Incoming right-wing government must not reverse positive reforms of recent years, says Maria Pia Abbracchio
Following the general election on 25 September, Italy’s new parliament will begin sitting by 13 October. Giorgia Meloni is set to become the country’s first female premier, at the head of its most right-wing government since 1945. Italy’s research community is now wondering what the victory of the far-right coalition led by Meloni’s Brothers of Italy party will mean for science.
The partners in the winning coalition presented a joint programme for science that included “aligning Italian science with EU standards for research funding”, although they did not explain what this meant. The Brothers of Italy manifesto also promised to increase investment “in research, digitalisation and technology transfer”, along with measures to “favour synergies between university and private stakeholders in both research and intellectual property”, a “10-year research funding strategy” and the “valorisation of researchers’ role”.
During the election campaign itself, however, none of the parties gave much attention to research, making scientists fearful of what the new government would bring. Mario Pianta, an economist at the Scuola Normale Superiore in Florence, voiced the concerns of many observers when, speaking to Nature after the election, he noted that previous right-wing governments had done little for research and innovation except cutting funding.
In the face of increasing energy costs, high inflation and increasing pressure on families and the small and medium-sized enterprises that make up the bulk of the Italian economy, cutting the research budget could be seen as a politically easy option, Pianta warned.
What most worries Italian scientists is that so far there are no names in the frame to head up the Ministry of Universities and Research, which oversees public research funding. This has raised fears that the MUR could be reincorporated into the Ministry of Education, Universities and Research, from which it was separated in 2020, during the premiership of Giuseppe Conte of the populist Five Star Movement.
Putting research, higher education and schools back into a single ministry would be a backward step, threatening the progress of reforms to the research system and potentially making Italian science the Cinderella of the European Research Area.
On 3 October, Gruppo 2003, an advocacy group made up of Italy’s most highly cited scientists, launched an appeal to all the country’s political parties asking them to retain the current arrangement and keep the MUR independent.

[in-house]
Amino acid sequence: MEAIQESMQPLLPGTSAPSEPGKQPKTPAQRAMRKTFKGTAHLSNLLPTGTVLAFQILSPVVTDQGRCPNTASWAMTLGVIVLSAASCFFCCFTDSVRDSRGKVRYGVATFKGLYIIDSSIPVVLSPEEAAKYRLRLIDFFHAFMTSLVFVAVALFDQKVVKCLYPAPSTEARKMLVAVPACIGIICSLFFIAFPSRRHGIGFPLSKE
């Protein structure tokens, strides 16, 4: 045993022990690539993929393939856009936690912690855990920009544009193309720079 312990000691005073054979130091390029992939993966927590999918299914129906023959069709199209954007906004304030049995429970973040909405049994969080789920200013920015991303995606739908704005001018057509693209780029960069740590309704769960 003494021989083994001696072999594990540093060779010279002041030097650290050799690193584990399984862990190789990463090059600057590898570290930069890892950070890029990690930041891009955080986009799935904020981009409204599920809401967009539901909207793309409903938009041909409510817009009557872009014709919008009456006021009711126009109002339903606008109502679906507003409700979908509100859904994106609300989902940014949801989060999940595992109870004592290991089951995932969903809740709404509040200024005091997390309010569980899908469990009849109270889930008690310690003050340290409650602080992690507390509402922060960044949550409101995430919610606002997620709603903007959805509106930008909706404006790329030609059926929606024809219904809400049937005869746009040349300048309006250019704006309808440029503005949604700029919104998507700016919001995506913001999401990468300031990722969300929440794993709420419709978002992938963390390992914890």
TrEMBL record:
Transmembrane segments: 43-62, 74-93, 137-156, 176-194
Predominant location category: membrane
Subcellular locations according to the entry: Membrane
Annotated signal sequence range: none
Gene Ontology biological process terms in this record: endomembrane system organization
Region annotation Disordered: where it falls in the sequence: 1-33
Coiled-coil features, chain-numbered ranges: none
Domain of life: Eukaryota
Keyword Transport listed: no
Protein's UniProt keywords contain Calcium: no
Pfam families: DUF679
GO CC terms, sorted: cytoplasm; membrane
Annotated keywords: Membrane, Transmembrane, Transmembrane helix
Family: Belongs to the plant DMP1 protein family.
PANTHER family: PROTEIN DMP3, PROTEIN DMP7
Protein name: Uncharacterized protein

The 2020 decision to separate universities and research from the ministry responsible for schools, and assign the MUR to Gaetano Manfredi, a former rector of the University of Naples and president of the Conference of Italian University Rectors, was welcomed as a sign of greater government attention to academia and science.
The reborn MUR launched a new era, as Manfredi initiated a set of reforms focused on regular, timely and significant funding increases for basic and applied research, with the aim of raising national investment in R&D to 2 per cent of GDP (it currently sits at 1.4 per cent). Alongside this came reforms to careers, with active recruitment of professors and improved conditions and opportunities for students and researchers, making them more competitive in Europe and worldwide.
Stick to the plan
When Mario Draghi became prime minister in early 2021, Manfredi was succeeded at the MUR by Maria Cristina Messa. She continued in the same direction, using some of the pandemic recovery funds from the EU to boost innovative technologies and science.
This includes an investment plan known as From Research to Business, which allocates €11 billion of this funding to research through the government’s national recovery and resilience plan. Speaking to Research Europe recently, Messa admitted that she had not solved all of the problems facing Italian research, but she can be proud of her time in government.
During the election campaign, Meloni said that she may revise the recovery and resilience plan, most likely in response to the inflationary pressures caused by the war in Ukraine. This has made scientists concerned that the new government may divert some of the resources assigned to research to other causes, such as alleviating energy costs or supporting struggling businesses.
The government has not provided any exact figures or released a roadmap of its intentions. But any cuts would represent a return to the past, when science funding in Italy was not only insufficient but also erratic, making it extremely difficult for scientists to plan their studies and be competitive with the rest of the world.
Maria Pia Abbracchio is president of Gruppo 2003, a group of Italy’s most highly cited researchers.
A version of this article appeared in Research Europe